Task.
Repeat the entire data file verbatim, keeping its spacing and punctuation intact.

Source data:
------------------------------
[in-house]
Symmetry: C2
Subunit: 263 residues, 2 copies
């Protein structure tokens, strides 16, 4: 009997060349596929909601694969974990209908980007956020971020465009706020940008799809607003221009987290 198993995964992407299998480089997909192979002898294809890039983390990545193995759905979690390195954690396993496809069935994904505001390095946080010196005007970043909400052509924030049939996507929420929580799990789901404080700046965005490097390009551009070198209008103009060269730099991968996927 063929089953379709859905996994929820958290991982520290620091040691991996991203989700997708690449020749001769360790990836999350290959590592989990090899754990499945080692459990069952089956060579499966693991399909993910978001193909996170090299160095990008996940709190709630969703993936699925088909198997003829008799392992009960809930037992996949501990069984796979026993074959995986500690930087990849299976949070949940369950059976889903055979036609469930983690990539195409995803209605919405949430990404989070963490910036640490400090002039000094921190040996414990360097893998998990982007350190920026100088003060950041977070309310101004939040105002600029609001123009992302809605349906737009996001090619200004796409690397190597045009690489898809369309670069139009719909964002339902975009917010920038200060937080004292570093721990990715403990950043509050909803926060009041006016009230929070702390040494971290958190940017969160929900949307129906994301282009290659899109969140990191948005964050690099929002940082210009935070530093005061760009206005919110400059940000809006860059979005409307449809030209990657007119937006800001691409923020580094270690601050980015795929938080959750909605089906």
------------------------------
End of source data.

[in-house]
Symmetry: C2
Subunit: 263 residues, 2 copies
């Protein structure tokens, strides 16, 4: 009997060349596929909601694969974990209908980007956020971020465009706020940008799809607003221009987290 198993995964992407299998480089997909192979002898294809890039983390990545193995759905979690390195954690396993496809069935994904505001390095946080010196005007970043909400052509924030049939996507929420929580799990789901404080700046965005490097390009551009070198209008103009060269730099991968996927 063929089953379709859905996994929820958290991982520290620091040691991996991203989700997708690449020749001769360790990836999350290959590592989990090899754990499945080692459990069952089956060579499966693991399909993910978001193909996170090299160095990008996940709190709630969703993936699925088909198997003829008799392992009960809930037992996949501990069984796979026993074959995986500690930087990849299976949070949940369950059976889903055979036609469930983690990539195409995803209605919405949430990404989070963490910036640490400090002039000094921190040996414990360097893998998990982007350190920026100088003060950041977070309310101004939040105002600029609001123009992302809605349906737009996001090619200004796409690397190597045009690489898809369309670069139009719909964002339902975009917010920038200060937080004292570093721990990715403990950043509050909803926060009041006016009230929070702390040494971290958190940017969160929900949307129906994301282009290659899109969140990191948005964050690099929002940082210009935070530093005061760009206005919110400059940000809006860059979005409307449809030209990657007119937006800001691409923020580094270690601050980015795929938080959750909605089906």